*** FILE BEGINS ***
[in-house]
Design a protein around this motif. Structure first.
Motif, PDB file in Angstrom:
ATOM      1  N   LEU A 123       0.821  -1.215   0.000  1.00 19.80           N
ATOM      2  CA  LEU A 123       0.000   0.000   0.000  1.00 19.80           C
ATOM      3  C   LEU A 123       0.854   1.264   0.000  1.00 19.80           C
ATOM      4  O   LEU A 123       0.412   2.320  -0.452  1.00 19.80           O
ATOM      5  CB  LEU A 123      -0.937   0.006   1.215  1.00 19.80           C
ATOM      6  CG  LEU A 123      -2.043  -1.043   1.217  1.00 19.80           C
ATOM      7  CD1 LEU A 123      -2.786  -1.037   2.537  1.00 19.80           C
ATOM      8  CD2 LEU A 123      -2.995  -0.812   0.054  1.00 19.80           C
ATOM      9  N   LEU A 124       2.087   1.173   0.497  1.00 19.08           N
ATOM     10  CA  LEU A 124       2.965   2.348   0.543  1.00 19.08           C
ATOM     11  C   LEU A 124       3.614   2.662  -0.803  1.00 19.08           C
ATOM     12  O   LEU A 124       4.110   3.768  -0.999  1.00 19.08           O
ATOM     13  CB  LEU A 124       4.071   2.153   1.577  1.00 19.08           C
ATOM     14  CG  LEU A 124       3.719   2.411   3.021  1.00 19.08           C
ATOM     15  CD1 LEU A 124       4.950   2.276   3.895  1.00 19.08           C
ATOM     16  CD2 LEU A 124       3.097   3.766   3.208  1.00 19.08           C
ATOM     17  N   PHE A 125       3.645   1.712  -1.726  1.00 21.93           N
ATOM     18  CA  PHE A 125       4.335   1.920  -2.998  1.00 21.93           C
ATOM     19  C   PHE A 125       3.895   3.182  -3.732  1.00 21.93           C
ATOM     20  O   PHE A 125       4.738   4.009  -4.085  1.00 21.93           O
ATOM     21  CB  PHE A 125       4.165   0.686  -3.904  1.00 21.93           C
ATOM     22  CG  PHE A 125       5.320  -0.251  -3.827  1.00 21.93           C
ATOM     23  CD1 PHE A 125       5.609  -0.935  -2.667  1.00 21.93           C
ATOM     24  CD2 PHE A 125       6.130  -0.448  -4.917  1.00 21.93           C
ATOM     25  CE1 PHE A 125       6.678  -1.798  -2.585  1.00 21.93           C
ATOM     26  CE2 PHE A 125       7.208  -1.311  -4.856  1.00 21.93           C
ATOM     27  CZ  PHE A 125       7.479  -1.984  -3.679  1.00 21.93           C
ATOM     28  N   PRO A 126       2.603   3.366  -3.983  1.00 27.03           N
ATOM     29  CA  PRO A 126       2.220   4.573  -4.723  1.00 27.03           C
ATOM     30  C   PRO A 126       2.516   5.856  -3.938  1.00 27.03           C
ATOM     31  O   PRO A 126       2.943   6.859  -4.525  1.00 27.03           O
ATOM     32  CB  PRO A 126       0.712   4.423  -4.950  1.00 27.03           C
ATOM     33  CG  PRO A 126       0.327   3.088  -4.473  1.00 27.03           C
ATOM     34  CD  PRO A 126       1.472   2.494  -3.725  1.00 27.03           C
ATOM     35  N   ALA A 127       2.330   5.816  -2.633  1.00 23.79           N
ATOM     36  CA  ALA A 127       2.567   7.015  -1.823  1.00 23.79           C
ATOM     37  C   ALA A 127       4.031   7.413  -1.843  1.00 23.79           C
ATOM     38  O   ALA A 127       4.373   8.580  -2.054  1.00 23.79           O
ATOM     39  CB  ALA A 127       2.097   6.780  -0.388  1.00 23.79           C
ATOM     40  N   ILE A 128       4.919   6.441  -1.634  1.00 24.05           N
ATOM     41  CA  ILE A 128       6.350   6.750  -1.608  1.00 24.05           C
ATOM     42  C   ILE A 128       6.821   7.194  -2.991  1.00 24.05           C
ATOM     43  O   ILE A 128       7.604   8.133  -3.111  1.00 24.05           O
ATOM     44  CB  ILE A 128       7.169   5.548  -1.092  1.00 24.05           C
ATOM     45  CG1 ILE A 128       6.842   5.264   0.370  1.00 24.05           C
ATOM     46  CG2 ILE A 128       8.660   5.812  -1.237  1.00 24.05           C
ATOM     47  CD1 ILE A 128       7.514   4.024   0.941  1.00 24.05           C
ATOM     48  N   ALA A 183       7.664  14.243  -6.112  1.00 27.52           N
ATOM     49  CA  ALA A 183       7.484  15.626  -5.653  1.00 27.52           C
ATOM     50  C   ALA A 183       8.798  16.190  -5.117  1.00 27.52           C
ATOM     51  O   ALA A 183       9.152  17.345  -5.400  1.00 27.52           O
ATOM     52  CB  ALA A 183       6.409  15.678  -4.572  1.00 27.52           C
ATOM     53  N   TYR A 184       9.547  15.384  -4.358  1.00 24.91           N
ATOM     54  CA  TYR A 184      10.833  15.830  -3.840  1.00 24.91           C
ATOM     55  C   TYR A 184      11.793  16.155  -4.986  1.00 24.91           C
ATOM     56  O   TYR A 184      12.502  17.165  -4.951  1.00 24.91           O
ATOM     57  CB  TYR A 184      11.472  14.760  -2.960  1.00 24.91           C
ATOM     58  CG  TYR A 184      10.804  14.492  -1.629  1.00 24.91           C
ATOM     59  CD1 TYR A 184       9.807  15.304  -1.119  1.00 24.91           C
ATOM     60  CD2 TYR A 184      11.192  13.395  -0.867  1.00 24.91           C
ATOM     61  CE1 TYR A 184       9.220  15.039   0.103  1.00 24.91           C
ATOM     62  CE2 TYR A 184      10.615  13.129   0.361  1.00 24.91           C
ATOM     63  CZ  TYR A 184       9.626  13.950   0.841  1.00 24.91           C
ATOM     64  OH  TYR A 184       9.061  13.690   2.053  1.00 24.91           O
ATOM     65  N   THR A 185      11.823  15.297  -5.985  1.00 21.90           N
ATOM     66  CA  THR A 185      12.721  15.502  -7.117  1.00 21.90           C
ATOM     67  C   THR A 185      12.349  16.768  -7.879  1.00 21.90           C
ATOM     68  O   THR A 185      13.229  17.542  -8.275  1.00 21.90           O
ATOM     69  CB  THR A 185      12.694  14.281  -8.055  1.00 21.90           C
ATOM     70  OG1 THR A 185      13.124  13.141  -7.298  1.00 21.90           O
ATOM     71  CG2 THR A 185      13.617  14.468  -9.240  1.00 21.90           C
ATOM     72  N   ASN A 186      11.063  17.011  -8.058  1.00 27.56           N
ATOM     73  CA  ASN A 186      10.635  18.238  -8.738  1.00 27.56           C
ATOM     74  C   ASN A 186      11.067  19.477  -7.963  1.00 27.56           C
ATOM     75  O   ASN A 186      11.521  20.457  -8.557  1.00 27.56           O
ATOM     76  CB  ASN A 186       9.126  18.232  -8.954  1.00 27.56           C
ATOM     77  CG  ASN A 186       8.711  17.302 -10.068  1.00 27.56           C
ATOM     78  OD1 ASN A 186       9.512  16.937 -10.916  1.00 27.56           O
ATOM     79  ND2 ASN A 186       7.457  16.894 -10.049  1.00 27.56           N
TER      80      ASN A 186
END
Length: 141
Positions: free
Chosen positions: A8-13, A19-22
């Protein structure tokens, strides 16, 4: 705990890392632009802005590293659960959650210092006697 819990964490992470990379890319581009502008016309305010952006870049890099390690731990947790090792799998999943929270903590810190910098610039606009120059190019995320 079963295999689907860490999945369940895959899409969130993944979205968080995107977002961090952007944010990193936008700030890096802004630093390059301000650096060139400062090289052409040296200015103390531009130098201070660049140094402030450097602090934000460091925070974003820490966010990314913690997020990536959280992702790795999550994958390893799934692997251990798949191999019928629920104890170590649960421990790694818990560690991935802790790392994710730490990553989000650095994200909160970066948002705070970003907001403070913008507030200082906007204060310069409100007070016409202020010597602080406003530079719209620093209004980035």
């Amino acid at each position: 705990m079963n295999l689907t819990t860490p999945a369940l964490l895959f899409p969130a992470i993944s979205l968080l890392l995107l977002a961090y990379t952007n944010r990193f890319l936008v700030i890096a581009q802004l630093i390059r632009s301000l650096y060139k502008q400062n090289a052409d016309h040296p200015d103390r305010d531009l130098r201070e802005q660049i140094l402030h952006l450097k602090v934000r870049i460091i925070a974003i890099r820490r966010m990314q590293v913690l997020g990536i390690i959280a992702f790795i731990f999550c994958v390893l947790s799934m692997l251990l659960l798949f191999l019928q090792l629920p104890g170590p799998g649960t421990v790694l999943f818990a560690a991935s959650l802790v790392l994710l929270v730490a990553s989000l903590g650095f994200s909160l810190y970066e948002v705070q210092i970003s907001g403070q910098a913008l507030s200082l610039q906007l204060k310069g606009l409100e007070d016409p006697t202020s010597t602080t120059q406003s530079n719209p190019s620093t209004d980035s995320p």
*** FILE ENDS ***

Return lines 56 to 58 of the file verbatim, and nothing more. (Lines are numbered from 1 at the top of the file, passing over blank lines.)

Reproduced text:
ATOM     53  N   TYR A 184       9.547  15.384  -4.358  1.00 24.91           N
ATOM     54  CA  TYR A 184      10.833  15.830  -3.840  1.00 24.91           C
ATOM     55  C   TYR A 184      11.793  16.155  -4.986  1.00 24.91           C